Arcade Collection

What is bullet hell?

A bullet hell is a 2D action game about dodging intricate patterns of bullets and shooting enemies. They have a higher bullet count and slower bullet speed than traditional shmups. Examples are the Dodonpachi and Touhou series.

Dodonpachi Daifukkatsu (or Resurrection), the fourth game in the series

At first, you might think increasing the number of bullets is just a way to increase the difficulty, but that’s not quite right. Yes, bullet hell games tend to be very difficult, but not more than any shmup subgenre that started in the arcade. Whether it’s Raiden, Ghouls ‘n’ Ghosts, or Mushihimesama, arcade game intensity is high across the board.

So, if it’s not difficulty, what is bullet hell all about?

Bullet hell is a different flavour of shmup

Yes, there are lots of bullets in these games (sometimes hundreds on-screen at once), but they are slower. Also, the player’s ship will have a very small hitbox — sometimes a single pixel and this gives players more opportunity to avoid danger even when the gaps between bullets is very narrow. 

Because bullets linger on the screen, they can be used to build up more complex patterns or even mazes. Massive variety is possible just by utilising different shapes, sizes, speeds and colours of bullets. 

Subterranean Animism, the 12th game in the Touhou series

There is usually a feeling of pressure from all sides in a bullet hell game, resulting in relief and elation for surviving such situations. The player is forced to pay constant attention and move in interesting ways to overcome the challenges presented. 

This flavour isn’t for everyone. Arguably the biggest divide in shmups is between bullet hell fans and the fans of “traditional shmups”.

Bullet hell vs traditional shmup examples

Most shmups that you’ve heard of aren’t bullet hell. R-Type, Raiden, Space Invaders, Gradius, Galaga, Thunder Force, Zeroranger — these are all “traditional shmups”. 

That means, firstly, that bullets come at you fast, and once you get out of the way they’re usually not an issue any more. Traditional shmups also tend to have more variety in the types of obstacles, so there might be physical walls and traps, or enemies with more varied behaviours.

Gunbird by Psikyo is a traditional shmup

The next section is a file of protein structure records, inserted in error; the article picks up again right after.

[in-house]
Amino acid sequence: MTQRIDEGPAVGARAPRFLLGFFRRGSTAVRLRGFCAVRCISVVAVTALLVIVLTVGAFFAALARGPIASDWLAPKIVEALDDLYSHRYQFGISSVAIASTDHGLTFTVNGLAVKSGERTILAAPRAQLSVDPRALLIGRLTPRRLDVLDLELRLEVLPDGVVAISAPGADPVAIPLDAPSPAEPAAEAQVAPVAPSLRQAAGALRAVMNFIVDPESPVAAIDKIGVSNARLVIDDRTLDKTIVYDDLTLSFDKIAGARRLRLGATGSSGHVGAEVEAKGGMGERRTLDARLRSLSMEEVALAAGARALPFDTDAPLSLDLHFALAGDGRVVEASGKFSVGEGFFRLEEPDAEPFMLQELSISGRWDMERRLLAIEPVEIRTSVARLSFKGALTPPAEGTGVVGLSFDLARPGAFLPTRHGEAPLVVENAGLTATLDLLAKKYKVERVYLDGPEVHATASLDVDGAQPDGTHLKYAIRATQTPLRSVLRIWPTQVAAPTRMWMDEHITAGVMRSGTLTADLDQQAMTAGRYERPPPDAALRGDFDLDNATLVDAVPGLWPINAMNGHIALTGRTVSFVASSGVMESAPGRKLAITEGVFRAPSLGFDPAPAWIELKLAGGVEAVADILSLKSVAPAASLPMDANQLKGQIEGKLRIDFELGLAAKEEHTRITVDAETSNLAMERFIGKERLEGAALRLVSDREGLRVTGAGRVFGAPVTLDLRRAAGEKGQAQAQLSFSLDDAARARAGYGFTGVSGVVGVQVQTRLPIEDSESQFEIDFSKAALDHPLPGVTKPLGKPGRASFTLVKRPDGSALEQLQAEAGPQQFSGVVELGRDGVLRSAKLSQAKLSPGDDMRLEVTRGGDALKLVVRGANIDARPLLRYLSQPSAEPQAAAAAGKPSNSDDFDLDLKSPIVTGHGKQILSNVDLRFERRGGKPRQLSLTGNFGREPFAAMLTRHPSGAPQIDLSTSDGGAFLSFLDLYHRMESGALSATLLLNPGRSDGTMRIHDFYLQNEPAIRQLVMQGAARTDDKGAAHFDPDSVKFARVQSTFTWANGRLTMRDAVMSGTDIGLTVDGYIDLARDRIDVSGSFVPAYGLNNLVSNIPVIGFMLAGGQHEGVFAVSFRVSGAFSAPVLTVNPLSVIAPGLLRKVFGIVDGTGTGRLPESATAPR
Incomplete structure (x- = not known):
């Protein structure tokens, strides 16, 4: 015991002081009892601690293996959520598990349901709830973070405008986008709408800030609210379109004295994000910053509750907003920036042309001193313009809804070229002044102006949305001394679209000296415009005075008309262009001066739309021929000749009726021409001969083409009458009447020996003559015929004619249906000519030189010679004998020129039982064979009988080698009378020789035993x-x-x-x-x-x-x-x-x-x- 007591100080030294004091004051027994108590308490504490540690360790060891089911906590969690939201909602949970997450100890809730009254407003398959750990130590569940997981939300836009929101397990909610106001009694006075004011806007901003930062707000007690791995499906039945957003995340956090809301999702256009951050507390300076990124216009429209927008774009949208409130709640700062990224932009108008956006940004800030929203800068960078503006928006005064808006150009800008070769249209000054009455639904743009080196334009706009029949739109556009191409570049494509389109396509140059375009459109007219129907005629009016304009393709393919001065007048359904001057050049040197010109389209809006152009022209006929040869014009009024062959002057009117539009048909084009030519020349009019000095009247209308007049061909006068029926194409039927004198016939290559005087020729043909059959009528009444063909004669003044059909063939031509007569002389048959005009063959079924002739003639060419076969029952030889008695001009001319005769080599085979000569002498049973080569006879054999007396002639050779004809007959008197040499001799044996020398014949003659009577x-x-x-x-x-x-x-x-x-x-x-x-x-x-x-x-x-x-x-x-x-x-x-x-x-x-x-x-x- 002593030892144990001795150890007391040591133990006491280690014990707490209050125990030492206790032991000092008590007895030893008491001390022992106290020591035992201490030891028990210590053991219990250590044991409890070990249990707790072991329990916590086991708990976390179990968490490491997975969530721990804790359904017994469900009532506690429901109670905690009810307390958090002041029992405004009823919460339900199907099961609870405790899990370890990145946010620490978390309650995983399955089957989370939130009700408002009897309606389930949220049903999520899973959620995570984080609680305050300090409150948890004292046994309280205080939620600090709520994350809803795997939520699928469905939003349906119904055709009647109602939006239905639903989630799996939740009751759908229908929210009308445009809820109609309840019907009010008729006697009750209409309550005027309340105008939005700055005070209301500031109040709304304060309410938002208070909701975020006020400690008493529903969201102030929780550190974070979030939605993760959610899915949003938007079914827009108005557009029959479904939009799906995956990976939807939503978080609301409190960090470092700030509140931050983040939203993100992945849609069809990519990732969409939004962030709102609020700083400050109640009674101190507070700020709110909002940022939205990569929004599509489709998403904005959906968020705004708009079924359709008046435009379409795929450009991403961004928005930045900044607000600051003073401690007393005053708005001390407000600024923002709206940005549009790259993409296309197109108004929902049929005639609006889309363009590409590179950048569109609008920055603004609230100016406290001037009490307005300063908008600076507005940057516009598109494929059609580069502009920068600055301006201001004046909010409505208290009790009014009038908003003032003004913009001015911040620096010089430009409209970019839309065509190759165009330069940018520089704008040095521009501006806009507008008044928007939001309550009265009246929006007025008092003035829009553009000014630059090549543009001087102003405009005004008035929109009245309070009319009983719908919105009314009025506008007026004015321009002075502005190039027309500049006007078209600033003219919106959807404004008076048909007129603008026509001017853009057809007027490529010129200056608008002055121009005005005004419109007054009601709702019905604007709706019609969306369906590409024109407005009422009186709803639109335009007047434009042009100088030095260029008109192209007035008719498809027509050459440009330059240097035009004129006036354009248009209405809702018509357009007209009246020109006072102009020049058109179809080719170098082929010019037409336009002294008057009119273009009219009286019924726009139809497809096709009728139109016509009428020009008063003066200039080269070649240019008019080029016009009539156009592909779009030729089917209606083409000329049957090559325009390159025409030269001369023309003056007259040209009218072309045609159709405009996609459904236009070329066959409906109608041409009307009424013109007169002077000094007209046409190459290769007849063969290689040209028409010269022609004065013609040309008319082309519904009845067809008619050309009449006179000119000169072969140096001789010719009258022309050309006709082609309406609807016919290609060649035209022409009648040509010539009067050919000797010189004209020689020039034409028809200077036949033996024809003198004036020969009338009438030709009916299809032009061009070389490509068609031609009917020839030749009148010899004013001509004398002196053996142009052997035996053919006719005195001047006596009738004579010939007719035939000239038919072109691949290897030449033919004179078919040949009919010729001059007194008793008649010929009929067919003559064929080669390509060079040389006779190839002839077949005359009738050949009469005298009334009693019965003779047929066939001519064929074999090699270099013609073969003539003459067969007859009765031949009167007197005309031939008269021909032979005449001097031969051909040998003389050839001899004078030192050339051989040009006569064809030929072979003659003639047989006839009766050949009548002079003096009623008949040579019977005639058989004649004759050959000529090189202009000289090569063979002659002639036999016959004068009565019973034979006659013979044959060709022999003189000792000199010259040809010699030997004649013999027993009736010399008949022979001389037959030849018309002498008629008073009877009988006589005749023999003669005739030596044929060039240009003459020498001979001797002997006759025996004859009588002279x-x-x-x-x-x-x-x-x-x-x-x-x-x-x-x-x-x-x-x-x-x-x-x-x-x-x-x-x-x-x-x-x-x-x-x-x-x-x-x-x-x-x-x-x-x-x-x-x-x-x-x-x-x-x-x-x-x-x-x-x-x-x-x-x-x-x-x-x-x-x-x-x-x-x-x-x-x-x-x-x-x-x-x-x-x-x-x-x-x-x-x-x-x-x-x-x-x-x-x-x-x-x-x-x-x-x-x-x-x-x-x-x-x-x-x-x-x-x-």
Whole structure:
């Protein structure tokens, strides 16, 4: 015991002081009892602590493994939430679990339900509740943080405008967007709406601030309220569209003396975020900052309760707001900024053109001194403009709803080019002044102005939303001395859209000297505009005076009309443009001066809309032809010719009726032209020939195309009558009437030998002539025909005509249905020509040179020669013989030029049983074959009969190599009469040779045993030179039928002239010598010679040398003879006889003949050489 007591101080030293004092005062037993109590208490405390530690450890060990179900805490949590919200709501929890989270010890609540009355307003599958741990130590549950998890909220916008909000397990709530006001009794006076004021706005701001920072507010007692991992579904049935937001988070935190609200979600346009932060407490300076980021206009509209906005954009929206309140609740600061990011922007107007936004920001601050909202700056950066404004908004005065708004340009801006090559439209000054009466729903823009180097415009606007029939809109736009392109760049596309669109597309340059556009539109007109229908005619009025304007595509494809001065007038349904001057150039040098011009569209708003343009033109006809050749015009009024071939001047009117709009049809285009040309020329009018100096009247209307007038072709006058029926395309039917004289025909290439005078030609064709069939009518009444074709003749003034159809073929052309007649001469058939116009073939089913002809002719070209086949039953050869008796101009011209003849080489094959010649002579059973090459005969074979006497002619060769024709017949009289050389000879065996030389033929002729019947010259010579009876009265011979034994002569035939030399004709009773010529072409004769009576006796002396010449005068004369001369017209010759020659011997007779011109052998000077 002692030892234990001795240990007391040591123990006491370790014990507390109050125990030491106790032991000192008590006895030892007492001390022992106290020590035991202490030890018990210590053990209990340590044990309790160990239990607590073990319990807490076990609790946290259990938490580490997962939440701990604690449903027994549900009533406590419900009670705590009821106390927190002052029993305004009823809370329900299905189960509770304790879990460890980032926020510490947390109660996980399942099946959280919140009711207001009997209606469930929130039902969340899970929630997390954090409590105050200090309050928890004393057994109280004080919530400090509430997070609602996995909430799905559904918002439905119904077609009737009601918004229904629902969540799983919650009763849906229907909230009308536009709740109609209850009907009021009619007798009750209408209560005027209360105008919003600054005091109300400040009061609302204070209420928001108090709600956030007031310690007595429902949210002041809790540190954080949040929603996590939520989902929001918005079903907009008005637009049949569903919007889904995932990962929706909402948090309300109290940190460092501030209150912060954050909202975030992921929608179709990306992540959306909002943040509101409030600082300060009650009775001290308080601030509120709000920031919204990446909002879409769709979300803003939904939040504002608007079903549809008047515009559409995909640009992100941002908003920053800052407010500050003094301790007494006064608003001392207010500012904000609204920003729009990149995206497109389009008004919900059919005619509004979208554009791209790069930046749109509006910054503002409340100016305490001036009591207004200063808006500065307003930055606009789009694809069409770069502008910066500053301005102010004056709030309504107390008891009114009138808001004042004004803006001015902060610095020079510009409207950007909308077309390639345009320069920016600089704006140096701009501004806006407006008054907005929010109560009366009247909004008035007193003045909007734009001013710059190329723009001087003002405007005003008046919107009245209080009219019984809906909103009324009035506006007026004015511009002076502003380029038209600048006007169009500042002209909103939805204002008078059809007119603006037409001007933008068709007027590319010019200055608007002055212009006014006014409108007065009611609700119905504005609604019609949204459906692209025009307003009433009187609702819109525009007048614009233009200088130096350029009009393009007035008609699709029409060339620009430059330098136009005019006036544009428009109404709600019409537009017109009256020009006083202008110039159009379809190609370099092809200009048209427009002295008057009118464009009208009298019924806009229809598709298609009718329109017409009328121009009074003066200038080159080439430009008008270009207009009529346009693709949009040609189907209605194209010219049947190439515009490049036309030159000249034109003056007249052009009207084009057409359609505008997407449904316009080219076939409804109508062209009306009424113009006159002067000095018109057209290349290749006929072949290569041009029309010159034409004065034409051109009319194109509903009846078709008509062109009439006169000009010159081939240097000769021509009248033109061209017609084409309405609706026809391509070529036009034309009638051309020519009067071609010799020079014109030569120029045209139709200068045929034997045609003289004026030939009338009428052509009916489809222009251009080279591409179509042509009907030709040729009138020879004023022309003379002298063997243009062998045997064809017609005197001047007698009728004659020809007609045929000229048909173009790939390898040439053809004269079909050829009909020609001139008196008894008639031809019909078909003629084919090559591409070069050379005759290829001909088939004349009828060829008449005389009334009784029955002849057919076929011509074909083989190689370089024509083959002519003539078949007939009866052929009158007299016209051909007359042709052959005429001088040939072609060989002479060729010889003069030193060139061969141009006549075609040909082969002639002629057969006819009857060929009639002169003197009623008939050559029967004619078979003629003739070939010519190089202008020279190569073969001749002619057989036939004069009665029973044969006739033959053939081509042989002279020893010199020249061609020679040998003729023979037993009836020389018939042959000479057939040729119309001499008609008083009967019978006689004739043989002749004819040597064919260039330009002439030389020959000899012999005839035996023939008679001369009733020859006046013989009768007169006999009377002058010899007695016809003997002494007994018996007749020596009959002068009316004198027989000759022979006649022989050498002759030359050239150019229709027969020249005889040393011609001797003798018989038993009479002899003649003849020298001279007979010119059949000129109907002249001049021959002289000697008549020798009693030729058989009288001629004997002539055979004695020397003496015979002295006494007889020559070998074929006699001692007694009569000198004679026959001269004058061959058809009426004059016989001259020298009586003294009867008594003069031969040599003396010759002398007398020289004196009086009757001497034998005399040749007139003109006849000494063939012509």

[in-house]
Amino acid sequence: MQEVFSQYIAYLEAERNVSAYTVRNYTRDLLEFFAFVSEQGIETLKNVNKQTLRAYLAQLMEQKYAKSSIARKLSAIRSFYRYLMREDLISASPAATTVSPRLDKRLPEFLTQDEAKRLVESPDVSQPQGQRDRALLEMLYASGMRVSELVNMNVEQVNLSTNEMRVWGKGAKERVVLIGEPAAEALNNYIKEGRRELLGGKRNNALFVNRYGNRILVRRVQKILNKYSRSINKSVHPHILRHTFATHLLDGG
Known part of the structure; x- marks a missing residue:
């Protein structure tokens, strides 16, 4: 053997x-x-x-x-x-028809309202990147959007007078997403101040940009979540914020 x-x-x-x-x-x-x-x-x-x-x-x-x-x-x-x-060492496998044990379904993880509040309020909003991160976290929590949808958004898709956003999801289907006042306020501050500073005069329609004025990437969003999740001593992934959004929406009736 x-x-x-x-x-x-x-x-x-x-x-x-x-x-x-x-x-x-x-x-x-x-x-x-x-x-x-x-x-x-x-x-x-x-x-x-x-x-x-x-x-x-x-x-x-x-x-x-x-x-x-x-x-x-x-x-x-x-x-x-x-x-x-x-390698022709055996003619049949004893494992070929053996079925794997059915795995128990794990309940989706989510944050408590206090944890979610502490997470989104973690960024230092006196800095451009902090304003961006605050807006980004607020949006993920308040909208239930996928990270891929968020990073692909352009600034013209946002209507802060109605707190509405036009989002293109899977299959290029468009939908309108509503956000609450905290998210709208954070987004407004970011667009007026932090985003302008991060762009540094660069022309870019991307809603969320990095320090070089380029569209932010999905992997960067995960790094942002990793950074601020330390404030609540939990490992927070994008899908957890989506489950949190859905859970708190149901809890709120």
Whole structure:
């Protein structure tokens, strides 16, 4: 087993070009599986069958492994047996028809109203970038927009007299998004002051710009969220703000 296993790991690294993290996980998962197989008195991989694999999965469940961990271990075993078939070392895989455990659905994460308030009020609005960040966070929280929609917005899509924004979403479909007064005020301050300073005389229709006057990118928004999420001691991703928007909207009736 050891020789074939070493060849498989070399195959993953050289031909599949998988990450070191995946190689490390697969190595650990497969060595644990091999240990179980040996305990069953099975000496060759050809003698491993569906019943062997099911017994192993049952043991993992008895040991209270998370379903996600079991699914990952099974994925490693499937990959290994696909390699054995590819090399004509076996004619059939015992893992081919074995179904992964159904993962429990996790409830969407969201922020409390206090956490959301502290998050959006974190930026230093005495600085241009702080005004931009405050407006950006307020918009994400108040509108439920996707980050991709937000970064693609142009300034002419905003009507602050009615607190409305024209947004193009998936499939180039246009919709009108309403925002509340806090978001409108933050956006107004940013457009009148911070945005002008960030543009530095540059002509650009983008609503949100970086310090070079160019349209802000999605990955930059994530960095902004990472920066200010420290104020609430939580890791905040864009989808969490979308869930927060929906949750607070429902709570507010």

As arcade technology progressed, developers had more power to add more detailed graphics, more exciting visual effects, and yes, more bullets. Various games and studios pushed the genre along this trajectory in this period (Toaplans Batsugun, Raizing’s Battle Garrega, and Cave’s Donpachi), the game that solidified bullet hell as a new style was Cave’s second game, Dodonpachi, released in 1997.

Why bullet hell?

These games showed how bullets could be interesting because they can become anything. They are like atoms of danger: a fundamental building block of challenge. Instead of walls, you can make walls of bullets, or some other form of compressed play area.

You can create beautiful geometric patterns, or you can create obtuse chaos. You can have direct bullets, homing bullets, bullets from any side of the screen or in the middle of it.

Whatever flavour of 2D dodging you want to throw at the player, you can build it with bullets. To me, this is what bullet hell means: games that understand the versatility of bullets.

Bullet hell communities




YouTube channels


Non-bullet hell

Bullet Hell vs Bullet Heaven

In 2021 a new genre was created with a familiar name. “Bullet heaven” refers to Vampire Survivors and the imitators spawned by its viral success. Though everyone recognised this label as a reference to “bullet hell”, it led to the questions “What is bullet hell anyway?”

My playtime in Vampire Survivors rocketed out of control in just a week, but as I’ve also devoted more hours than he wants to admit to the shmups of Cave and Zun, I think I’m in a good position to explain the connection. 

The boss of a bullet hell game expels a terrifying barrage of bullets at the player, and it is only through sheer skill, concentration, and pattern memorisation that you, the player, can find a narrow route to victory. 

But what if, instead of your underpowered player ship, you played as that boss? That the overwhelming firepower belongs to you? That’s what a bullet heaven game can make you feel. 

These two genres are fundamentally different. Bullet heaven is a character building genre. There are decisions to make in how you upgrade your character, but there’s very little dodging or aiming, which are the elements that make up the core of any shmup. 

Anyway, if I wanted to leave things on a confusing note, I might refer you to the series of bullet hell shmups called Bullet Heaven:

Buy Bullet Heaven 2 on Steam


By 72.8% Water

Samuel Vines-Stancill is a digital marketing professional born in the early 1990s and living in northern England, and the founder of Great Adventures Review. He plays JRPGs, CRPGs, action-adventures, and shmups on the side.

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